- An Introduction to Support and Comfort Layers
We have talked in previous sections about the role of the support and comfort layers and the different materials that can be used in each. In this section, we will talk about the 3 main ways of putting them together and about the remaining layers that will not only complete your mattress but can have a significant effect on how it performs and feels.
This method uses thicker/softer comfort layers over firmer support layers. It is called “differential” because there is usually a big difference between the softness of the comfort layers and the firmness of the support layers. There is also a clear “split” between the roles of each layer as the comfort layers provide almost all of the pressure relief and supports the lumbar area and the support layer is focused on preventing the heavier parts of you from sinking in too far. While there may be a middle layer in this construction, it will be closer to the bottom layer in firmness as this construction is basically softer over firmer.
The main benefit of this construction is that it is easier to “get right”. Because the comfort layers are doing most of the work in filling in and supporting the “gaps” in the body, it is generally best to limit your comfort layer choices to materials that are more resilient to support the lumbar area and that also have the ability to shape themselves to the contour of your profile. Both of these qualities are important in the comfort layer of this type of construction. Because the support layers do not need to “help” the comfort layers with pressure relief, their ability to conform to your body profile is far less important and your choices in support layers are larger as almost any firm support layer is suitable for this construction.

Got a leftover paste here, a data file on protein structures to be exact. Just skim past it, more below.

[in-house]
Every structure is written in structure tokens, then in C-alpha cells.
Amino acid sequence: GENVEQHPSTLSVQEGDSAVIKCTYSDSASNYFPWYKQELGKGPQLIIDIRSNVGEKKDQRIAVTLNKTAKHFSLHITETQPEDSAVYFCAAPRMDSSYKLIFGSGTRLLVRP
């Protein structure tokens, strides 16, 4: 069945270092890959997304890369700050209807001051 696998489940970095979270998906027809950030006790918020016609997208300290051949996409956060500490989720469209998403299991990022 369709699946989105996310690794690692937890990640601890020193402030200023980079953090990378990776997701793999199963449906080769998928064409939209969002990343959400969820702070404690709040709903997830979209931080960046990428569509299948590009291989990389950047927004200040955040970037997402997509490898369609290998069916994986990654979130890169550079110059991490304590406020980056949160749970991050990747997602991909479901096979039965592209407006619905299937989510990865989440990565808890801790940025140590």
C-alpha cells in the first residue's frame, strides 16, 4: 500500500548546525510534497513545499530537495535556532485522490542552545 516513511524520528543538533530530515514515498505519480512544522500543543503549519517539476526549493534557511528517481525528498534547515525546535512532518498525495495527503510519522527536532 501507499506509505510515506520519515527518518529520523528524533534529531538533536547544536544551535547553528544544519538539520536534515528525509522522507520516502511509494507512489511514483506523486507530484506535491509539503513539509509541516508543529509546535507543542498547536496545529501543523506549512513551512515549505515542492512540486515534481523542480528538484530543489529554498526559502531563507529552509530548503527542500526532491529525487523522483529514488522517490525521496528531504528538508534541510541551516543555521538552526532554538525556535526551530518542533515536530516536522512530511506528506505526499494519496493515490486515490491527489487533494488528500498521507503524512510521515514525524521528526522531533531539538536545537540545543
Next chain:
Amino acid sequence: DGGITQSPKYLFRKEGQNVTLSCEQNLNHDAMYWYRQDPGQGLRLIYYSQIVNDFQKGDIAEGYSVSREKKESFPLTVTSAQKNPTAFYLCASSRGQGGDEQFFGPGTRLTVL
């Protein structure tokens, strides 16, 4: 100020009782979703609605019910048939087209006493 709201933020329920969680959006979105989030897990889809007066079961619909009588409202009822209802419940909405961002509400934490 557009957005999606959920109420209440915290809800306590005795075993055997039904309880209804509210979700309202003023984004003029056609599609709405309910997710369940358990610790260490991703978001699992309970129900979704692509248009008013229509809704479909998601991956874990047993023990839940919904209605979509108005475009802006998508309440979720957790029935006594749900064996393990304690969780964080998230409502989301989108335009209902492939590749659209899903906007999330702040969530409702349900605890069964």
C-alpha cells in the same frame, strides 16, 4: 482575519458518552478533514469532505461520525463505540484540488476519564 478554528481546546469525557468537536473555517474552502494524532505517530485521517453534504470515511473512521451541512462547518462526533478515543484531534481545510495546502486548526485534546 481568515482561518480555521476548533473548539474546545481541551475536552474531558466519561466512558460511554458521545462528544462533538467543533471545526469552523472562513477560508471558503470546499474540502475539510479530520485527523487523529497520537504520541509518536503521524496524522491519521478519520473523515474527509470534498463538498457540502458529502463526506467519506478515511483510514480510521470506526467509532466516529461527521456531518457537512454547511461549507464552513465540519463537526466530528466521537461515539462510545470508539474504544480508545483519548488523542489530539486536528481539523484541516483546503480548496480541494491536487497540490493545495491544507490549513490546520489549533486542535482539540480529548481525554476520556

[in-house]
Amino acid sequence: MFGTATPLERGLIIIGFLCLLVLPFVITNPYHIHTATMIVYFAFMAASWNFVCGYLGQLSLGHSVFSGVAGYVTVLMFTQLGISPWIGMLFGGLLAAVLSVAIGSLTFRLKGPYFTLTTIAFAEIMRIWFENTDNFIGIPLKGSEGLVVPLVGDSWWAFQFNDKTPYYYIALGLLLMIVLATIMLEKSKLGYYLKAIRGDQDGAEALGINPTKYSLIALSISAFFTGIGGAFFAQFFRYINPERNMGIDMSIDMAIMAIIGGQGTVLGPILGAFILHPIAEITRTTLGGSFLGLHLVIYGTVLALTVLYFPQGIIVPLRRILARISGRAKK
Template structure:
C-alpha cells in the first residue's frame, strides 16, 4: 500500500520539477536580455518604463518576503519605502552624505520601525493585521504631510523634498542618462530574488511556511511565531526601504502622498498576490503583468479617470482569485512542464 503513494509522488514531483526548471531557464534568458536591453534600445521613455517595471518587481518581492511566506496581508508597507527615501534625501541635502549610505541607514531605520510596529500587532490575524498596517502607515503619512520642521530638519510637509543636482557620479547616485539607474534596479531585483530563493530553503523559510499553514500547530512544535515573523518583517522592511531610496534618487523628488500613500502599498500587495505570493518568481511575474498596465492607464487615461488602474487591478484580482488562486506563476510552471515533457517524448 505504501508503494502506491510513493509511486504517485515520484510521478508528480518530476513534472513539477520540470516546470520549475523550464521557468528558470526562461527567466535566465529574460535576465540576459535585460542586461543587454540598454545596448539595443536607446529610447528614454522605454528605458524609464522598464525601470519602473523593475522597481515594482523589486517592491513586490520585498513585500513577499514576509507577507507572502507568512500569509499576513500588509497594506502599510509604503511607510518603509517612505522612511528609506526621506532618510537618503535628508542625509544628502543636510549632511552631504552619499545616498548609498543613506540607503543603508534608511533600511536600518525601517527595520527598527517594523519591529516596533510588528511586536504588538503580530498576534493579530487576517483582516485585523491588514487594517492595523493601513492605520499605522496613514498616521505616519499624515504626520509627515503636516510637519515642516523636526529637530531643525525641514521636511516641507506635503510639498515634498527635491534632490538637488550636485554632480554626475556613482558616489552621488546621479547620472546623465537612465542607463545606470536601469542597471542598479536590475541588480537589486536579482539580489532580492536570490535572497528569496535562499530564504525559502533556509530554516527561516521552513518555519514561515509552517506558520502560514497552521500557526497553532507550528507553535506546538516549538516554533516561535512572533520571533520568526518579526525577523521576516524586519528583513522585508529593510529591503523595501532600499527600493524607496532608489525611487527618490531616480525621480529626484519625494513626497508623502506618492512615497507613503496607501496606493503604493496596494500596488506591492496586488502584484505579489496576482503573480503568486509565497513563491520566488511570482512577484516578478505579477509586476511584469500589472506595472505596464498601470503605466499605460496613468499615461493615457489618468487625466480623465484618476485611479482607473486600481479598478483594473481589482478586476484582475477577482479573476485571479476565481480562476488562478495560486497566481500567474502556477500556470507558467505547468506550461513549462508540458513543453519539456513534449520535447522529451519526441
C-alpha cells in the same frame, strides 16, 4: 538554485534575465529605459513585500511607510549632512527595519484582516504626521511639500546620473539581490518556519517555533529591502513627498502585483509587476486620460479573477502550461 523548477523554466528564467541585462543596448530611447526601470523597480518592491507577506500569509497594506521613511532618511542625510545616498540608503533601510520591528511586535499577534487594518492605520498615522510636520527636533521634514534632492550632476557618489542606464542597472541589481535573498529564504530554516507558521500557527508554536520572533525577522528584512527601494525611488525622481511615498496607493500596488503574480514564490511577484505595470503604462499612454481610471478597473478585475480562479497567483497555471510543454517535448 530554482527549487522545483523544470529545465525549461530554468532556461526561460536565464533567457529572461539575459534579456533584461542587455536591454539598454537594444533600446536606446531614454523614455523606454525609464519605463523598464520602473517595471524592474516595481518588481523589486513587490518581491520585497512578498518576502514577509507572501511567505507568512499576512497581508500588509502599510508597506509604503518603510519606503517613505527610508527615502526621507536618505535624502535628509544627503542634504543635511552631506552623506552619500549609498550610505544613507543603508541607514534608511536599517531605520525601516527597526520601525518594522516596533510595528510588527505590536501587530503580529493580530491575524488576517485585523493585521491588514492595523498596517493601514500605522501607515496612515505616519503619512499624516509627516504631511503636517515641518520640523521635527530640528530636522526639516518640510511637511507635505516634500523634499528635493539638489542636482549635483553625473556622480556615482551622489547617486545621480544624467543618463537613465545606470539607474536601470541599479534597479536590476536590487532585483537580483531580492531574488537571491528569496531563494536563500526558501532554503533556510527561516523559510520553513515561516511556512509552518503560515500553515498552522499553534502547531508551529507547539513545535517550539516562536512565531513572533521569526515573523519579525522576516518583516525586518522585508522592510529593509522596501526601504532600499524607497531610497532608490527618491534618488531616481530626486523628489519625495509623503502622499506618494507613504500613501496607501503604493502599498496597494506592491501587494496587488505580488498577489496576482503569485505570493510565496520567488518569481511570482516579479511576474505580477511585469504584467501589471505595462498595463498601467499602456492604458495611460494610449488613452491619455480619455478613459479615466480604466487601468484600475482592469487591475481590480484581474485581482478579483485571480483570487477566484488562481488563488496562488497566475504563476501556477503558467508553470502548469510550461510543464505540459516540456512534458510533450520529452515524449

A soft comfort layer over a firm or even extra firm support layer would be an example of this.
In a progressive construction, the upper comfort layers are generally thinner and/or very soft and need to “borrow” from the support layers beneath to form a cradle and relieve pressure. These mattresses usually have several layers that become “progressively” firmer as you sink in deeper, and the difference between adjacent layers is smaller than with a differential construction. The layer below the comfort layer plays a dual role by helping the comfort layer with pressure relief/lumbar support and helping the bottom layer with spinal alignment. This can be done with either a middle transition layer or with the use of a support layer material which is softer and more conforming on the top and becomes firmer more quickly with deeper compression.
This method can be more difficult to get right but the results can be more accurate and individualized than a differential construction. Because the support layers are helping with pressure relief and lumbar support, any pressure-relieving comfort material can be used including those that are less resilient such as memory foam or natural fibers. The choice of support layers however becomes more restricted since they require more specialized abilities beyond simple “firmness” such as the ability to be softer and conforming on top (with initial compression) and firmer underneath (with deeper compression).